To apply for Medicare, contact Social Security. You have the option of enrolling in both Part A (Hospital Insurance) and Part B. (Medical Insurance). Make an application for Social Security benefits (or the Railroad Retirement Board). You will automatically receive Part A once you begin receiving benefits. When you apply for benefits, you’ll be asked if you want Part B.

Contacting Social Security

  • Online (at Social Security) – It’s the easiest and fastest way to sign up and get any financial help you may need. (You’ll need to create your secure my Social Security account to sign up for Medicare or apply for benefits.)
  • Call Social Security at 1-800-772-1213. TTY users can call 1-800-325-0778.
  • Contact your local Social Security office.
  • If you or your spouse worked for a railroad, call the Railroad Retirement Board at 1-877-772-5772.

Recognition from HealthCare.gov

Being named an Elite Plus member of the 2024 Marketplace Circle of Champions highlights SASid’s significant accomplishment of enrolling over 500 consumers during the Open Enrollment Period. The Elite Plus status represents the highest level of achievement within the Marketplace Circle of Champions.

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Understanding the COBRA Trap

The Consolidated Omnibus Budget Reconciliation Act (COBRA) gives workers and their families who lose their health benefits the right to choose to continue group health benefits provided by their group health plan for limited periods under certain circumstances such as voluntary or involuntary job loss, reduction in the hours worked, transition between jobs, death, divorce, and other life events. While COBRA can be a vital bridge for maintaining health insurance coverage, it also presents a potential trap for the unwary, often referred to as the “COBRA Trap.”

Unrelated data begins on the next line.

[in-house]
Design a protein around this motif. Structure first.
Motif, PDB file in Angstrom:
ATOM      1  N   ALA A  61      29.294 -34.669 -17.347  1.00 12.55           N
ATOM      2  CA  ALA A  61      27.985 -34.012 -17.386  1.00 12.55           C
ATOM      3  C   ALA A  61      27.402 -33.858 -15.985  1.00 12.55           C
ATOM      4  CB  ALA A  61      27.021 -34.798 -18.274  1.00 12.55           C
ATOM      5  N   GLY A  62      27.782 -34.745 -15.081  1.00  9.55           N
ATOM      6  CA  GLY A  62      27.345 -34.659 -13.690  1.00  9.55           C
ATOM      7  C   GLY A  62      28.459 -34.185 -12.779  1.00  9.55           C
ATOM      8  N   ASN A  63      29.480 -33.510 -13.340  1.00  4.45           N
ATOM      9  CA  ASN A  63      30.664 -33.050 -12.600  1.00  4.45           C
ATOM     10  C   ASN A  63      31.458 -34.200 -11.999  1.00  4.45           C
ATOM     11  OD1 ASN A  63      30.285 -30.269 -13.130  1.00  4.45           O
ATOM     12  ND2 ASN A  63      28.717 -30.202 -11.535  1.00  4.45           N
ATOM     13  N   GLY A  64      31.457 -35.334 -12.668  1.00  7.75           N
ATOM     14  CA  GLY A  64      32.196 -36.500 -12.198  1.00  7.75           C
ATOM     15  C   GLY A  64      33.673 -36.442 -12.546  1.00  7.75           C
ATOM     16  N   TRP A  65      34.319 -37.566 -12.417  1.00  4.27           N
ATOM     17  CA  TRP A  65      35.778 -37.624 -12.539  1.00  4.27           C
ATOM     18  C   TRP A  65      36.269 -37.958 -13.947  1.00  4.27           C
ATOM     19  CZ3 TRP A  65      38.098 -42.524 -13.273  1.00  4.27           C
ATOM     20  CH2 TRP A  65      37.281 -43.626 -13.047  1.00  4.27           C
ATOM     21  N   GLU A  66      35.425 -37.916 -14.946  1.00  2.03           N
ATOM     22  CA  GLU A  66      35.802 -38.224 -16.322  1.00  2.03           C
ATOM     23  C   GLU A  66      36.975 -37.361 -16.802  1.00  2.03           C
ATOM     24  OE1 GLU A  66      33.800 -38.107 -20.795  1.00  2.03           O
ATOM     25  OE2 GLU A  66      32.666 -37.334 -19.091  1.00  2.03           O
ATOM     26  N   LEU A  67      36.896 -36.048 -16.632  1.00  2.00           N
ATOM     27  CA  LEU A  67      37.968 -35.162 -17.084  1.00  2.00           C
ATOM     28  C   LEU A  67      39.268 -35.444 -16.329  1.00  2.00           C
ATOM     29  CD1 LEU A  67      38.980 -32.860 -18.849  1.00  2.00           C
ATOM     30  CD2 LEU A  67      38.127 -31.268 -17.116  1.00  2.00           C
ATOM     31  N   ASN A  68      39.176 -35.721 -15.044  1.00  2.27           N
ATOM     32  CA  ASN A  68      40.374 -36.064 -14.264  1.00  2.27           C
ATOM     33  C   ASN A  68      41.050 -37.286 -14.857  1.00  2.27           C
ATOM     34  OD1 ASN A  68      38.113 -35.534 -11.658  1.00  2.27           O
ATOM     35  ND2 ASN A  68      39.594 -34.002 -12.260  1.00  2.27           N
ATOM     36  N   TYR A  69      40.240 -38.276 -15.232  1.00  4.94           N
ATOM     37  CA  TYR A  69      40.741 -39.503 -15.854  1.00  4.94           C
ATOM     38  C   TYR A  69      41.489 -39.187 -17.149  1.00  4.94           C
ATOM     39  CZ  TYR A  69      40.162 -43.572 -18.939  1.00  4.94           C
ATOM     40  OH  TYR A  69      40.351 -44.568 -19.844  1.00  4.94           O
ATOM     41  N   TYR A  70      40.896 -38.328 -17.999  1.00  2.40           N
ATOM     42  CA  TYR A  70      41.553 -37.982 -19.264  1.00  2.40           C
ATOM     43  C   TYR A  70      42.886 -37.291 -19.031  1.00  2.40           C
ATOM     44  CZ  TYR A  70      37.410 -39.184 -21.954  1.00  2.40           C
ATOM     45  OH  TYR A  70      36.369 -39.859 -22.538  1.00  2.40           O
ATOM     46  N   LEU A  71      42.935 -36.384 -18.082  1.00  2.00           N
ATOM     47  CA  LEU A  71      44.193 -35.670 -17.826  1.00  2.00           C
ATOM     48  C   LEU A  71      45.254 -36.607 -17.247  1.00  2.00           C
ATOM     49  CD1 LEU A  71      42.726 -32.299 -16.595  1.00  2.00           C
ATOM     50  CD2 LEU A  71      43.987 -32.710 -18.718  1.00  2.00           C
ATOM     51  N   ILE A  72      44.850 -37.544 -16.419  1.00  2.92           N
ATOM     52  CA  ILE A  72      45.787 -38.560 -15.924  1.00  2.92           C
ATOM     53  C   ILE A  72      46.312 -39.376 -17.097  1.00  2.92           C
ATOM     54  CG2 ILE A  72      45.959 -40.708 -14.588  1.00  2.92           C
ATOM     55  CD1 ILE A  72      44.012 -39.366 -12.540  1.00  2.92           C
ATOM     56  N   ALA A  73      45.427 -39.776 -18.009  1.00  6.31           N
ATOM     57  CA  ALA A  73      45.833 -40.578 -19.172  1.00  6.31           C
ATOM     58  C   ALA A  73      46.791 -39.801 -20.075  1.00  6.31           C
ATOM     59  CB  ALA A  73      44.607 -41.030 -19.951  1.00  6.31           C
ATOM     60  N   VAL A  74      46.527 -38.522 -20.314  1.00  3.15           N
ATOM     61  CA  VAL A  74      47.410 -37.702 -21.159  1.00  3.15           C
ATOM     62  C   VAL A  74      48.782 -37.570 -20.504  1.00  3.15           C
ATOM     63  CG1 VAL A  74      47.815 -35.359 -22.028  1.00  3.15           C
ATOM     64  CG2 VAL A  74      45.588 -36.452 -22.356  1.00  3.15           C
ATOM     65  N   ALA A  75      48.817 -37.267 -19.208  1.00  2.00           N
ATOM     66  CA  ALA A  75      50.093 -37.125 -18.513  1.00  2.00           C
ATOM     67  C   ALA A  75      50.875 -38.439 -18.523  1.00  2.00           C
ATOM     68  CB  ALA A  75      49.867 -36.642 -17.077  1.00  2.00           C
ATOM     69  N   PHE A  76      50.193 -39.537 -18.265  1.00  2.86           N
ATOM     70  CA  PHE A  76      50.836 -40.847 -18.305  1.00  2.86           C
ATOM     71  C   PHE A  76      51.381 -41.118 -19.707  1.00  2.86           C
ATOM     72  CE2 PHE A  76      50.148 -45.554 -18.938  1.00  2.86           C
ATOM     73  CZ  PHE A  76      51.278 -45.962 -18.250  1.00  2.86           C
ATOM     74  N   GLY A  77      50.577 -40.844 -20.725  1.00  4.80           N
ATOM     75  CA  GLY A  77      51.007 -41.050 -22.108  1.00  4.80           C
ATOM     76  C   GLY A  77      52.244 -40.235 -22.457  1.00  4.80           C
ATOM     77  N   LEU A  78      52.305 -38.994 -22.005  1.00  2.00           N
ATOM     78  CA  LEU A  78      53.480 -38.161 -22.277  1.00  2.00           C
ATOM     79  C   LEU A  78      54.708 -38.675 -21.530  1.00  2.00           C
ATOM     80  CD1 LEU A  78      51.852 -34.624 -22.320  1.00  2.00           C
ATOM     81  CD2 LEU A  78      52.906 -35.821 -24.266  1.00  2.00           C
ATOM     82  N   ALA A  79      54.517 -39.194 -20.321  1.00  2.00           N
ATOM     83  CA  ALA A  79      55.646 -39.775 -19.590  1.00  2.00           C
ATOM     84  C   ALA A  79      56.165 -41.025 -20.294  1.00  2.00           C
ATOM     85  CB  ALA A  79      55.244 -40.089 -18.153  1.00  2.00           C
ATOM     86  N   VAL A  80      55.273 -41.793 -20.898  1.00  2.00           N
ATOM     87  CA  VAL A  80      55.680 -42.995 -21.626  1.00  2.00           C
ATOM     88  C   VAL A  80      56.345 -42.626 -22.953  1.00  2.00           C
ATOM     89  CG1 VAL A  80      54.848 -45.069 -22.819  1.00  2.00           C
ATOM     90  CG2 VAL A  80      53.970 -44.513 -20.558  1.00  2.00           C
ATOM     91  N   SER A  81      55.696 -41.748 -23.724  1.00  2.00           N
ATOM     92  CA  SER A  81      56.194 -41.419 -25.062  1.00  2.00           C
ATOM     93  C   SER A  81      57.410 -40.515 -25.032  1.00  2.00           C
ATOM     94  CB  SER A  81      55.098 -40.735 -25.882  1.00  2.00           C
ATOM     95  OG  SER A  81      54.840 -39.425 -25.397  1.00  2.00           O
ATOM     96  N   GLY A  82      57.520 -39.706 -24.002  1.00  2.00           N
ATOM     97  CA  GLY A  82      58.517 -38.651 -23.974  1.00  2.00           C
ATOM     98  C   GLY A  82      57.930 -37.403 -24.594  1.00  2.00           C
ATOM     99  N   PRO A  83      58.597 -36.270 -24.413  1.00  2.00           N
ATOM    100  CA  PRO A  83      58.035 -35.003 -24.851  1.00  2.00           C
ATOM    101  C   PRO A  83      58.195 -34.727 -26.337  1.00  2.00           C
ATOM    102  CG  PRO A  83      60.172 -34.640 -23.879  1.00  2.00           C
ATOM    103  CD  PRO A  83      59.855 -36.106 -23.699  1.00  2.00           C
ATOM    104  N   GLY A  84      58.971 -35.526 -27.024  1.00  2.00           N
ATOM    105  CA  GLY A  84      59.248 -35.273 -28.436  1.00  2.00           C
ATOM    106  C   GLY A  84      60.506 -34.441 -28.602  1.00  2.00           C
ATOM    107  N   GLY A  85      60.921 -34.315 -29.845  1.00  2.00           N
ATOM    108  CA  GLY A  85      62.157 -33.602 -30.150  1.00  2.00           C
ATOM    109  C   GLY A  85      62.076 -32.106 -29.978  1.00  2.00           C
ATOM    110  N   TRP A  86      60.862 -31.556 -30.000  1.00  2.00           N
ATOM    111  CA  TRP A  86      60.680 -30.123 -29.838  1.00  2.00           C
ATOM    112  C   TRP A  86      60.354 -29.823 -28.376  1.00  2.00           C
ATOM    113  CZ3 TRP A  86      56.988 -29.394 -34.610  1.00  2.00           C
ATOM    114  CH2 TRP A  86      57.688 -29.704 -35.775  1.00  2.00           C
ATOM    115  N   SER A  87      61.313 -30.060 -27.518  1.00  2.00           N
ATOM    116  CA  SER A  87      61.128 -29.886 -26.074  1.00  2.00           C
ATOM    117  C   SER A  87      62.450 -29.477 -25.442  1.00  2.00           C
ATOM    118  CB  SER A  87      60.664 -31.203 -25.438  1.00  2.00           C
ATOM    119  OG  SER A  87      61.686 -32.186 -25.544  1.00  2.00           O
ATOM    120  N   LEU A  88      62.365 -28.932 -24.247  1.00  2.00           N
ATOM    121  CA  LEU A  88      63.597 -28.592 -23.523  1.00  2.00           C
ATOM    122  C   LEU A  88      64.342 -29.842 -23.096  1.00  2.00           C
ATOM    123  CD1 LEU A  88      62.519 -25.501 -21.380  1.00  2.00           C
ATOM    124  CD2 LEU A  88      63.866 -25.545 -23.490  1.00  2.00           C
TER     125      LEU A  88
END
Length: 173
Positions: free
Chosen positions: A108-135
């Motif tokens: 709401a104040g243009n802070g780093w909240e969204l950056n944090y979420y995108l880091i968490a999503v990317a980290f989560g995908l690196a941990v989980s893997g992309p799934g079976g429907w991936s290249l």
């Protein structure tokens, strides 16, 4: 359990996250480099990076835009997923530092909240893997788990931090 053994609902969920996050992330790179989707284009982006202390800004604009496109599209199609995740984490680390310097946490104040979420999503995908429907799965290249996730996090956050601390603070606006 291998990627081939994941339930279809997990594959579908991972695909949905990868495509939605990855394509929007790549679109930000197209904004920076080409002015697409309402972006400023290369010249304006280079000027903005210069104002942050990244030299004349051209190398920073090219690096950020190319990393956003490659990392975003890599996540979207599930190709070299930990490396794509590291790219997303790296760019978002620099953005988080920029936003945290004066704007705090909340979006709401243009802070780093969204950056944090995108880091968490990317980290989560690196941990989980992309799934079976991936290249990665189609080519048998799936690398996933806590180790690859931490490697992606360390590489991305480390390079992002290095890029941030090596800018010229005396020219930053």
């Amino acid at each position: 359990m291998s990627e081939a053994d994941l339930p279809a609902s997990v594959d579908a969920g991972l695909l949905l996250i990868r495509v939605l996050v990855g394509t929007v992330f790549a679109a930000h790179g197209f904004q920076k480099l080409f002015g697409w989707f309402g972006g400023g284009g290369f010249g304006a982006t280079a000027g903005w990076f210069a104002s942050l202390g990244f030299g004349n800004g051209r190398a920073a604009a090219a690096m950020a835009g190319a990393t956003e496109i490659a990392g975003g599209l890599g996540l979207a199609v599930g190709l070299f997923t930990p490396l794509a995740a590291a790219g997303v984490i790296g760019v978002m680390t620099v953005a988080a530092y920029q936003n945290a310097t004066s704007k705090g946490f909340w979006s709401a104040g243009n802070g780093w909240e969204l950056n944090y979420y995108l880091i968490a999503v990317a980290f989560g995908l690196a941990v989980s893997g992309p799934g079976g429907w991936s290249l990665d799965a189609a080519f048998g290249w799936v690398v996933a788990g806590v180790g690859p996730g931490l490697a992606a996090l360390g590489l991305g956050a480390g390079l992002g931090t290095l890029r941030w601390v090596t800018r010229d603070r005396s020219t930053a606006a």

Key Aspects of the COBRA Trap

  • Cost: The most significant aspect of the COBRA trap is the cost. COBRA allows individuals to keep their employer-sponsored health insurance after leaving a job, but it requires them to pay the full premium amount, including the portion previously covered by the employer. This can lead to a substantial increase in monthly expenses, often at a time when income may be reduced due to job loss.
  • Temporary Nature: Another critical aspect of the COBRA trap is its temporary nature. COBRA coverage typically lasts only 18 months, after which individuals must find alternative health insurance coverage. This temporary solution can delay the search for more sustainable and affordable health insurance options, such as through the Health Insurance Marketplace or Medicare, for those who are eligible.
  • Missed Enrollment Opportunities: Relying on COBRA can also cause individuals to miss open enrollment periods for other health insurance plans. This can result in being uninsured after COBRA coverage ends, or having to choose a plan quickly without adequate time to consider the best options for their health care needs and financial situation.

Avoiding the COBRA Trap

To avoid falling into the COBRA trap, individuals should carefully consider their health insurance options and costs before electing COBRA. Exploring other health insurance marketplaces or programs for which they may be eligible, such as Medicare for those over 65 or individual plans through the Affordable Care Act’s Health Insurance Marketplace, can provide more affordable and longer-term solutions. Planning ahead and understanding the implications of COBRA coverage are crucial steps in making informed decisions about health insurance during transitions.